metal, e.g. nickel, cobalt, iron or the like, whereby the
hydrocarbon chains on the aluminum are replaced by 10 aluminum triethyl. Heating was then continued for an
additional 2.2 hours at 99°~104° C., during which the
ethylene groups, without however effecting hydrogena
pressure dropped only slightly, indicating no further reac
tion of the displaced polymer, which is recovered as ole
tion at this temperature. Additional ethylene was added,
?ns, predominantly alpha-ole?ns.
and the temperature was then raised to 121° C., where
The proportion of activator employed to obtain the
above described results depends primarily upon purity of 15 upon the pressure dropped from 900 to 700 p.s.i.g in 2
hours. Additional ethylene was added, and the pressure
the ole?n. When employing pure ethylene, one part by
dropped from 1150 to 820 p.s.i.g. in 50 minutes at 132° C.
weight of activator, calculated as aluminum hydride, may
The vessel was three times repressured with ethylene, and
be capable of e?ecting polymerization of from 10 to
10,000 parts by weight of ethylene. When employing
in the ?rst case the pressure dropped from 1050 to 500
impure ole?ns, larger quantities of activator are normally 20 p.s.i.g. in 3 hours at 117°—-122° C.; in the second case it
dropped from 1000 to 520 p.s.i.g. in 2 hours at about 120°
required, and this amount can be readily ascertained by
C., while in the third case the pressure dropped from 1200
maintaining surveillance on the rapidity of pressure drop
to 820 p.s.i.g. in 1 hour at about 124° C. A total pressure
drop of 2920 p.s.i.g. was observed.
thereto. A slow pressure drop indicates a sluggish re
The bomb was then cooled and depressured, and 108
action, while a rapid pressure drop indicates that the 25
grams of a light gray, viscous polyethylene liquid was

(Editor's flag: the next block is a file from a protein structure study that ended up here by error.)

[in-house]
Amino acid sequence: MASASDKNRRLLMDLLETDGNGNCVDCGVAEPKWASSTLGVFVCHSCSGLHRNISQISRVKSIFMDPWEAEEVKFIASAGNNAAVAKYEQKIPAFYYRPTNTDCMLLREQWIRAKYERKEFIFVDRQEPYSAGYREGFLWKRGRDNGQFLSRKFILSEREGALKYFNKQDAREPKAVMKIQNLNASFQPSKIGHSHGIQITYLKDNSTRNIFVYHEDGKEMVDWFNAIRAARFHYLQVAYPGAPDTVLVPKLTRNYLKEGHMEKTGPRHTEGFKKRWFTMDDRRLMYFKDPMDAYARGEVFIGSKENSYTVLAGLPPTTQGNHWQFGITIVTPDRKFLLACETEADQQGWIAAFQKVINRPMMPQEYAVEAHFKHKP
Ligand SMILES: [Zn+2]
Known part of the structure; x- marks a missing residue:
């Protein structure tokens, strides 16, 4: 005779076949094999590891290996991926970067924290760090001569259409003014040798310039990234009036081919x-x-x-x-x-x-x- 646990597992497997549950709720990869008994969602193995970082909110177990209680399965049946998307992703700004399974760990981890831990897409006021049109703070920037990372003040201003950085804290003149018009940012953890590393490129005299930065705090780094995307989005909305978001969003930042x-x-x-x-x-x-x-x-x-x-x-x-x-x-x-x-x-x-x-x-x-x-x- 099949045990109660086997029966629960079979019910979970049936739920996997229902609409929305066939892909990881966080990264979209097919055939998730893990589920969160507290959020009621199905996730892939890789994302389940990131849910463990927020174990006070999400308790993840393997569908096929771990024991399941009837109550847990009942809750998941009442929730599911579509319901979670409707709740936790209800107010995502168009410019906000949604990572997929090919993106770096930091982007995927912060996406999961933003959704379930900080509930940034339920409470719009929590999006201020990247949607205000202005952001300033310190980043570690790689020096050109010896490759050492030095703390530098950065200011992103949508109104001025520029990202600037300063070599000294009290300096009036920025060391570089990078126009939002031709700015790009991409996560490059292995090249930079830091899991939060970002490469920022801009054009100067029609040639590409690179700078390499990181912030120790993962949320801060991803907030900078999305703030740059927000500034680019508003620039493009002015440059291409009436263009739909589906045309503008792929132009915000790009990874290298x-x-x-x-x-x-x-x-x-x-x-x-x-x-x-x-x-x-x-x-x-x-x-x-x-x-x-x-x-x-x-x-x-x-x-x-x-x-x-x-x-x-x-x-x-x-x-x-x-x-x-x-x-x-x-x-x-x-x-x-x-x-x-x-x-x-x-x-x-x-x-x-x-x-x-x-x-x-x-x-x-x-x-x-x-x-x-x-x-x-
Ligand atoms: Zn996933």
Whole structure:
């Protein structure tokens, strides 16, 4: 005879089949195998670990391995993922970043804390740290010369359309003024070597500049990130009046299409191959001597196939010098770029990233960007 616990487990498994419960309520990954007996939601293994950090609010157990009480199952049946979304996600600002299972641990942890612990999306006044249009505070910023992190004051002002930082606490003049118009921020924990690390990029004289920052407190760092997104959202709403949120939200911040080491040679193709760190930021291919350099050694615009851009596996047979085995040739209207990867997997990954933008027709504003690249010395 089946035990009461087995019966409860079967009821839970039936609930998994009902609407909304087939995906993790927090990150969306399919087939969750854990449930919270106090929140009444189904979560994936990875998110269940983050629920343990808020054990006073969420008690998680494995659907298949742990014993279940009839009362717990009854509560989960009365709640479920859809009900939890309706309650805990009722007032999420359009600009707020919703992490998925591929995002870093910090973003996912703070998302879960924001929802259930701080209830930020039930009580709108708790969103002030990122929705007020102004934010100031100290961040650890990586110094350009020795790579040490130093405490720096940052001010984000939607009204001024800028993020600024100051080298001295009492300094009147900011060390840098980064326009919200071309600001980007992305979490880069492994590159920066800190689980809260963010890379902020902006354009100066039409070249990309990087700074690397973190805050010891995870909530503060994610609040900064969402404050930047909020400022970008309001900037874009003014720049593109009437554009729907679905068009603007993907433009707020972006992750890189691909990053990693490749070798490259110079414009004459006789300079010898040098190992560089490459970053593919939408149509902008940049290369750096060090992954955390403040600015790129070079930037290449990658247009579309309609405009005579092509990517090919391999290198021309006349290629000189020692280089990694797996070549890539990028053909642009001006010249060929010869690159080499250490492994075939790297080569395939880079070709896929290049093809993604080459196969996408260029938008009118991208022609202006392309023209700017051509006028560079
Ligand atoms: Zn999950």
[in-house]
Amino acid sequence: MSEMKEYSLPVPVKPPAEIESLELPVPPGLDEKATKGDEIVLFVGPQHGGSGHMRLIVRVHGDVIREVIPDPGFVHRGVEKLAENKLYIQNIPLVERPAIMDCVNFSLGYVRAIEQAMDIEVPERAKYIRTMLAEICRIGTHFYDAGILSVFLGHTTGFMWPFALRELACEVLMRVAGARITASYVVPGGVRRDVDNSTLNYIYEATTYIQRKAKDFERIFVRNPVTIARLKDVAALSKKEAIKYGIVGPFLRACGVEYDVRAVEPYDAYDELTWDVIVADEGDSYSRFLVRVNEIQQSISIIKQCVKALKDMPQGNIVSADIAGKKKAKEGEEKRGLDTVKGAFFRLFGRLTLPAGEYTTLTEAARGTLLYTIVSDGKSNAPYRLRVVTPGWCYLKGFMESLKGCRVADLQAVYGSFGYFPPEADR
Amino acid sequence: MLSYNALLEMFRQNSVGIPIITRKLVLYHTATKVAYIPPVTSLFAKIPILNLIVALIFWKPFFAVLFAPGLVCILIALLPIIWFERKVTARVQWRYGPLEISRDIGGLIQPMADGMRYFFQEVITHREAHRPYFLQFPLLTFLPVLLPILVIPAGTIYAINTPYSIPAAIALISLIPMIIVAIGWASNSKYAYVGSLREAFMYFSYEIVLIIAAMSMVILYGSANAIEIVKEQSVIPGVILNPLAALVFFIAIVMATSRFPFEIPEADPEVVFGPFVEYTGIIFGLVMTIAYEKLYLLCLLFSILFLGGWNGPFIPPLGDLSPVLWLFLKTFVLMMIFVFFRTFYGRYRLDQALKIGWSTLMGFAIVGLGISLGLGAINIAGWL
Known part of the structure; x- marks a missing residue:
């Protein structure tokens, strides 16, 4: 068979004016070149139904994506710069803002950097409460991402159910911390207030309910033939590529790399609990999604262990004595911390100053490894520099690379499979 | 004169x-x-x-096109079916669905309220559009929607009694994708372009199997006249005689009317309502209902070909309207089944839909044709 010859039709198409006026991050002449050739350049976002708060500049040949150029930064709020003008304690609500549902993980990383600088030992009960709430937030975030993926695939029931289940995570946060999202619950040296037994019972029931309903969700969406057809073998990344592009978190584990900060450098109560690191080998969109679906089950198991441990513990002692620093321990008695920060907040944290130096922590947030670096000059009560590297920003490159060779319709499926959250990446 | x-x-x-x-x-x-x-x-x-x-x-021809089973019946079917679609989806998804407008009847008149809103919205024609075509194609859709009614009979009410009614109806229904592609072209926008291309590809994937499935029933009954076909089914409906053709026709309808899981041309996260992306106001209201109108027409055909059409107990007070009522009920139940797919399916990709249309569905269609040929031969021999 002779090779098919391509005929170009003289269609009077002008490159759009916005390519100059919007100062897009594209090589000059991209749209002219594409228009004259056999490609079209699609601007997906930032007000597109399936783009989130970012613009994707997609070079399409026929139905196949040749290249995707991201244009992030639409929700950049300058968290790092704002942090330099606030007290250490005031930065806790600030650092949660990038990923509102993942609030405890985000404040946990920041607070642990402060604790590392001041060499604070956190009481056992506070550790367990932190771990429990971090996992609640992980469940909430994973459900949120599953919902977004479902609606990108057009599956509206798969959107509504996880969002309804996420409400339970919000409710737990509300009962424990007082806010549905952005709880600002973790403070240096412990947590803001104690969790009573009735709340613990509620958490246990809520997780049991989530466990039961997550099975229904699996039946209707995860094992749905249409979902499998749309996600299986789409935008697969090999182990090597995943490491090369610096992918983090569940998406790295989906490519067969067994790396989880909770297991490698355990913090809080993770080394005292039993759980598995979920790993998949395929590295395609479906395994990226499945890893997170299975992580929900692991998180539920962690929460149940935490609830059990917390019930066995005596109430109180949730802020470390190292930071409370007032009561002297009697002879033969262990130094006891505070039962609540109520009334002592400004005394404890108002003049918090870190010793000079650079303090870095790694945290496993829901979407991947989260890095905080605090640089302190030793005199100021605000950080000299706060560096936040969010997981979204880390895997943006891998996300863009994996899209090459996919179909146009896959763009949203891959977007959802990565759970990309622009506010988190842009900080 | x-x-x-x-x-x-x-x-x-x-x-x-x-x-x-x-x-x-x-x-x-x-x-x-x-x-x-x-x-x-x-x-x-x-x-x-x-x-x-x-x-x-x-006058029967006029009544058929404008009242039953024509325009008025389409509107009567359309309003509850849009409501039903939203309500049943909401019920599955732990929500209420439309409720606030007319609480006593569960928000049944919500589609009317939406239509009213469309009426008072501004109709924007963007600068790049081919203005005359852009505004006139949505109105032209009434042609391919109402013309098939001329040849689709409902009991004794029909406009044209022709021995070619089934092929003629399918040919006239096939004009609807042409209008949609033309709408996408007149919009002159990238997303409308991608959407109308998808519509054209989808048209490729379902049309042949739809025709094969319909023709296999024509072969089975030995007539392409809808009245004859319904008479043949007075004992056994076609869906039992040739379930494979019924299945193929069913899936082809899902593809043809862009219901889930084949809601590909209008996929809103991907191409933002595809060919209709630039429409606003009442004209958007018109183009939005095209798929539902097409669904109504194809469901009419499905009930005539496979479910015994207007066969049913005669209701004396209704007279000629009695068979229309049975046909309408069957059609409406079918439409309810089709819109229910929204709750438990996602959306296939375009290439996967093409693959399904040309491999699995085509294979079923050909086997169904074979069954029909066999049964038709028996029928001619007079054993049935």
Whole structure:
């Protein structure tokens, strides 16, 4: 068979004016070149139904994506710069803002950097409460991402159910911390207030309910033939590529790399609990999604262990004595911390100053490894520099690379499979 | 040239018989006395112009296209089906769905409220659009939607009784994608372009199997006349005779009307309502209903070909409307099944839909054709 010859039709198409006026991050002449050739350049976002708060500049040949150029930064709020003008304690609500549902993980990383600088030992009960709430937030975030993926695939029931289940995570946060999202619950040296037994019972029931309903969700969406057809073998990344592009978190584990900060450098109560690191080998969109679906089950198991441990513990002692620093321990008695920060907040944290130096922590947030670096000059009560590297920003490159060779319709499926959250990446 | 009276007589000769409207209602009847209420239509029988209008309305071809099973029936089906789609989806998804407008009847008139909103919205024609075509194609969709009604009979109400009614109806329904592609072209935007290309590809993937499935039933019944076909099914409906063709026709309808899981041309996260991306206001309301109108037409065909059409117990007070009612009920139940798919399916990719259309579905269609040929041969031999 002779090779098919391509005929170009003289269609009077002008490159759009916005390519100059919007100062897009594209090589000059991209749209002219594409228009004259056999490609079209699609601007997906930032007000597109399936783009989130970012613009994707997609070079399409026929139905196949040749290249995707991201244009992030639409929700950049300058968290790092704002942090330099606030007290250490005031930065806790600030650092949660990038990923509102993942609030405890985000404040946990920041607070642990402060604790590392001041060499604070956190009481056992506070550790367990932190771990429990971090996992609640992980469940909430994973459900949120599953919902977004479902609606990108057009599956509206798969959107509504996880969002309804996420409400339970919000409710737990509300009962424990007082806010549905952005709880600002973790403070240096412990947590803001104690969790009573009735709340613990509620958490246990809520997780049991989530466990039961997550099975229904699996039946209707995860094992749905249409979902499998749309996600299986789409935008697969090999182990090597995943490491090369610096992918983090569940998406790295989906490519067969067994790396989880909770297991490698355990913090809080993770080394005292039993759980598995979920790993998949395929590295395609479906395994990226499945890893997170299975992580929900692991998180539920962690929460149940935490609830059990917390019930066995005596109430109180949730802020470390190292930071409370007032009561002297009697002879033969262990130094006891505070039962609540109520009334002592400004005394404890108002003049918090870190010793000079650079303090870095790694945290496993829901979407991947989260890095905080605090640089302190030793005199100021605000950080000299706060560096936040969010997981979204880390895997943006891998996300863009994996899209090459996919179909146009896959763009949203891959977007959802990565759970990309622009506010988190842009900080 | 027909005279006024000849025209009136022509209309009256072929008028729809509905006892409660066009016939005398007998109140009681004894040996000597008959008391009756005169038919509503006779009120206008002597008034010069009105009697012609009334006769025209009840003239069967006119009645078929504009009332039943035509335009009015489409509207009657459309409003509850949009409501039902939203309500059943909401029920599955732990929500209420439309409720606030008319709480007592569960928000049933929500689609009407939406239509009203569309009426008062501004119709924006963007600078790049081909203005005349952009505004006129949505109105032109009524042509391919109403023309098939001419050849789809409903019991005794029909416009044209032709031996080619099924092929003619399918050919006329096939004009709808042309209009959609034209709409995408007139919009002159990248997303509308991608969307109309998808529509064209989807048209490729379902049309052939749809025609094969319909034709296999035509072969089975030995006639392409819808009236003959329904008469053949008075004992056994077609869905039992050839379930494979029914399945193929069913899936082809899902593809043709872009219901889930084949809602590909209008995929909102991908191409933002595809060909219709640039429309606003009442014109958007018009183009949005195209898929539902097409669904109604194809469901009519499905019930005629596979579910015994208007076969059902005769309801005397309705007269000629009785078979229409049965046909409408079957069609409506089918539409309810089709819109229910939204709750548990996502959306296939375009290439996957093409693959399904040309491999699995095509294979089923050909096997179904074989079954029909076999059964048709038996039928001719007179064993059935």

activator is still functioning effectively.
recovered which appeared stable in air. This example
It will be apparent from the above discussion that the
shows that the activator of this invention is very active,
following general principles among others are controlling
even at comparatively low pressures (below 80 atmos
in the polymerization reaction:
30 pheres) and low temperatures (below 120° (3.), and for
in the autoclave following admission of fresh ole?n
(1) Ethylene is an essential operable ole?n for producing
polymers of high molecular weight.
(2) Higher ole?ns may be employed either to produce
producing high molecular weight, viscous polymers of
Example II
terminal or intermediate branching on the poly-ethylene
Example I is repeated employing 2.2 grams of lithium
35 hydride in place of the lithium aluminum hydride. It is
(3) Higher ole?ns may also be employed to produce
observed in this case that the initial reaction with alu
dimeric para?ins, or dimeric ole?ns.
minum chloride is somewhat more sluggish, but the
(4) The nature of the polymer may be varied at will by
activator when formed gives substantially the same results
controlling the temperature and/ or pressure under
in the polymerization of ethylene.
which polymerization is carried out.
(5) Polymers of high molecular weight can be obtained
Example III
when employing ethylene, ethylene plus other ole?ns,
This example shows the results obtainable by carrying
or ethylene sequentially with other ole?ns, but not
out the polymerization of ethylene at somewhat higher
with higher ole?ns alone.
temperatures. Ten grams of powdered lithium aluminum
By observing the above conditions those skilled in the
hydride, 10 grams of powdered aluminum chloride and
art will ?nd the production of substantially any desired
100 ml. of cyclohex'ane were sealed in an 1100 ml. stain
saturated or unsaturated polymer to be readily attainable.
less bomb and rocked for one hour at about 70°—82° C.
Other ancillary factors to be observed in the polymeriza
to form the activator.